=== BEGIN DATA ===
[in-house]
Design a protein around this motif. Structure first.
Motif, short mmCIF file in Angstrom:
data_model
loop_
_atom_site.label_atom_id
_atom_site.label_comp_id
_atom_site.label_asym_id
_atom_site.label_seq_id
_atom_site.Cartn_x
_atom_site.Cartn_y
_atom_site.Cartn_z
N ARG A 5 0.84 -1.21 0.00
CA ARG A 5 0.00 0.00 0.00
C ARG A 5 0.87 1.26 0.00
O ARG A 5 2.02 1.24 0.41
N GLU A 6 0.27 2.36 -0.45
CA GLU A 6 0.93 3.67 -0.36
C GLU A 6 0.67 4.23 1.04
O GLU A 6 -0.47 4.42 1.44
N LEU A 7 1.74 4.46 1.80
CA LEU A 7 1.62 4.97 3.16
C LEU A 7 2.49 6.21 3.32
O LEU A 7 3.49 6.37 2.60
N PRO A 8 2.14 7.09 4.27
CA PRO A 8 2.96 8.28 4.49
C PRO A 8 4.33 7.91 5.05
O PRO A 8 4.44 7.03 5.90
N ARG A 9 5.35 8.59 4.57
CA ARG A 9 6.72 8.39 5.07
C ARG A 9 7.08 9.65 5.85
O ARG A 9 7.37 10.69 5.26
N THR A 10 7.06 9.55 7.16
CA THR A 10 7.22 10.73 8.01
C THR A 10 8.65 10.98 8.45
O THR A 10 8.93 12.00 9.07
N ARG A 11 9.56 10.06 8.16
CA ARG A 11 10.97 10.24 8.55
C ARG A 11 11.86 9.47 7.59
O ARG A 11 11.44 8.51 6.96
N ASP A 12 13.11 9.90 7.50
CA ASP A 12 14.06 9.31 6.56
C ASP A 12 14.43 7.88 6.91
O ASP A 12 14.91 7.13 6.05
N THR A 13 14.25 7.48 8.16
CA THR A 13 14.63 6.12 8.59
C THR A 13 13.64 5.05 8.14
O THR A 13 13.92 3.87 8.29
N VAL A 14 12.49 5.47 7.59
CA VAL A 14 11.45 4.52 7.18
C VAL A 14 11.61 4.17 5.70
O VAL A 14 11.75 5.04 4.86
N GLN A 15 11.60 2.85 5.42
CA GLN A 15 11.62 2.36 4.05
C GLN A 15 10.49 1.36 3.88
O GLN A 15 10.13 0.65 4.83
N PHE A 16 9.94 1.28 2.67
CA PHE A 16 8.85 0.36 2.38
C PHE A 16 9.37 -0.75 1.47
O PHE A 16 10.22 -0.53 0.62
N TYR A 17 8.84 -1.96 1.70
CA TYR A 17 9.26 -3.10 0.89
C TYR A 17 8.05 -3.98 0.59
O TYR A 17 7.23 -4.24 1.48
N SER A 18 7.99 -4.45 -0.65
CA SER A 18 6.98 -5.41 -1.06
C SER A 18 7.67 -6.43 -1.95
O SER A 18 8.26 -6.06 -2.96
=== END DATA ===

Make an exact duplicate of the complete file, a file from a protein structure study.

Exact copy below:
[in-house]
Design a protein around this motif. Structure first.
Motif, short mmCIF file in Angstrom:
data_model
loop_
_atom_site.label_atom_id
_atom_site.label_comp_id
_atom_site.label_asym_id
_atom_site.label_seq_id
_atom_site.Cartn_x
_atom_site.Cartn_y
_atom_site.Cartn_z
N ARG A 5 0.84 -1.21 0.00
CA ARG A 5 0.00 0.00 0.00
C ARG A 5 0.87 1.26 0.00
O ARG A 5 2.02 1.24 0.41
N GLU A 6 0.27 2.36 -0.45
CA GLU A 6 0.93 3.67 -0.36
C GLU A 6 0.67 4.23 1.04
O GLU A 6 -0.47 4.42 1.44
N LEU A 7 1.74 4.46 1.80
CA LEU A 7 1.62 4.97 3.16
C LEU A 7 2.49 6.21 3.32
O LEU A 7 3.49 6.37 2.60
N PRO A 8 2.14 7.09 4.27
CA PRO A 8 2.96 8.28 4.49
C PRO A 8 4.33 7.91 5.05
O PRO A 8 4.44 7.03 5.90
N ARG A 9 5.35 8.59 4.57
CA ARG A 9 6.72 8.39 5.07
C ARG A 9 7.08 9.65 5.85
O ARG A 9 7.37 10.69 5.26
N THR A 10 7.06 9.55 7.16
CA THR A 10 7.22 10.73 8.01
C THR A 10 8.65 10.98 8.45
O THR A 10 8.93 12.00 9.07
N ARG A 11 9.56 10.06 8.16
CA ARG A 11 10.97 10.24 8.55
C ARG A 11 11.86 9.47 7.59
O ARG A 11 11.44 8.51 6.96
N ASP A 12 13.11 9.90 7.50
CA ASP A 12 14.06 9.31 6.56
C ASP A 12 14.43 7.88 6.91
O ASP A 12 14.91 7.13 6.05
N THR A 13 14.25 7.48 8.16
CA THR A 13 14.63 6.12 8.59
C THR A 13 13.64 5.05 8.14
O THR A 13 13.92 3.87 8.29
N VAL A 14 12.49 5.47 7.59
CA VAL A 14 11.45 4.52 7.18
C VAL A 14 11.61 4.17 5.70
O VAL A 14 11.75 5.04 4.86
N GLN A 15 11.60 2.85 5.42
CA GLN A 15 11.62 2.36 4.05
C GLN A 15 10.49 1.36 3.88
O GLN A 15 10.13 0.65 4.83
N PHE A 16 9.94 1.28 2.67
CA PHE A 16 8.85 0.36 2.38
C PHE A 16 9.37 -0.75 1.47
O PHE A 16 10.22 -0.53 0.62
N TYR A 17 8.84 -1.96 1.70
CA TYR A 17 9.26 -3.10 0.89
C TYR A 17 8.05 -3.98 0.59
O TYR A 17 7.23 -4.24 1.48
N SER A 18 7.99 -4.45 -0.65
CA SER A 18 6.98 -5.41 -1.06
C SER A 18 7.67 -6.43 -1.95
O SER A 18 8.26 -6.06 -2.96